Polish and politicsNepali Congress cannot rise from the ashes of the election defeat by evoking such simple mantras as boot polish abhi subedi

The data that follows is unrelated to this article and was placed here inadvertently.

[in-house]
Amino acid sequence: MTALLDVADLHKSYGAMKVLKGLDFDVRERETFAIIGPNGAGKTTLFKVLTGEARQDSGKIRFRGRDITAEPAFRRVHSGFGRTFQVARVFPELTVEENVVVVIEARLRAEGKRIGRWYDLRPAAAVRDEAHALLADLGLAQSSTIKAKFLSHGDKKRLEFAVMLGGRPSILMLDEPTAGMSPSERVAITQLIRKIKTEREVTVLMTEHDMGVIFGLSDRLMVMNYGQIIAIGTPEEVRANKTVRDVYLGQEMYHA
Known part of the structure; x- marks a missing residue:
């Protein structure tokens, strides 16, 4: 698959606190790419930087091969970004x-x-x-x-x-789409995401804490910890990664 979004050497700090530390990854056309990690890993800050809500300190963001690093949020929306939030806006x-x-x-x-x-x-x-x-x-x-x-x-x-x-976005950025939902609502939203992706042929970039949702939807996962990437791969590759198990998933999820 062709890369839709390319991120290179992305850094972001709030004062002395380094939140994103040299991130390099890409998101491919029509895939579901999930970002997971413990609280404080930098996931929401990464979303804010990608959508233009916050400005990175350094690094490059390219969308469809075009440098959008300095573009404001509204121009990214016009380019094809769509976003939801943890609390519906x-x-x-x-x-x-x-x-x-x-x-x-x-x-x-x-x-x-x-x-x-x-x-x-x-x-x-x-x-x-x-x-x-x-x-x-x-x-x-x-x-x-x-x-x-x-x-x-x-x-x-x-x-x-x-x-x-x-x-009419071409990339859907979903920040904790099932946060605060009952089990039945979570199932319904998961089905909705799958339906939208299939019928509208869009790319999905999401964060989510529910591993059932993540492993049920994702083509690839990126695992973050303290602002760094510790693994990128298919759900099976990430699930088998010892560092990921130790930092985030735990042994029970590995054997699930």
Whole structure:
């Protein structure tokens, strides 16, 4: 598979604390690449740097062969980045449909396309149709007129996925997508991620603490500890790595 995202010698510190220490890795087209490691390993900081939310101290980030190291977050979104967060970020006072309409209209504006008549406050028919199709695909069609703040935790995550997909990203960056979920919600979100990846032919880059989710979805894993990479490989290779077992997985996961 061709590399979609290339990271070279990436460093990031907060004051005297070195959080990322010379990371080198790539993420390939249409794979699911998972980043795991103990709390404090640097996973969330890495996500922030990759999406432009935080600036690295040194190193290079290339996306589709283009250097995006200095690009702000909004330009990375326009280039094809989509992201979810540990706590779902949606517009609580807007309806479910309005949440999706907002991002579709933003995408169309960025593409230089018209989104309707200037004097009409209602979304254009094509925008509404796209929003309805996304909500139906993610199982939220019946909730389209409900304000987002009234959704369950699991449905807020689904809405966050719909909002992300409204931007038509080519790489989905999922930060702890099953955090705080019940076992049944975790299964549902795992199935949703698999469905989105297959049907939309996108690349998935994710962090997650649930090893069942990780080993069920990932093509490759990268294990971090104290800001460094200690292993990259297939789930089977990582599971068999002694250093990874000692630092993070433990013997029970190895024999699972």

A familiar theatrical performance took place at Chhakubakku Park in Baneshwor on Martyr’s day (January 30, 2018). Veteran and young generation leaders gathered for a shoe-shining event at Chhakubakku park. The event was organised by the Nepali Congress (NC) leader Krishna Prasad Bhattarai’s (1924-2011) Memorial Foundation. According to the available news, they polished each other’s shoes because they wanted to make a symbolic gesture rather than a realist activity. They organised this performance as a symbolic gesture for cleaning the bad practices and irregularities haunting Nepali politics, which was surely a grandiose claim. By linking this activity to the philosophy of Kishunji, a santa neta, the event was claimed to have been guided by a mantra of simplicity and Gandhian message given by him. The genesis of the event was that when some young pupils said to Kishunji, “we are poor, we cannot buy books and copies to go to school,” he had advised them to sit by the roadside and polish shoes for a few hours each day to make some money for their studies. He had said to them “you should not beg, you should work and get paid for that”.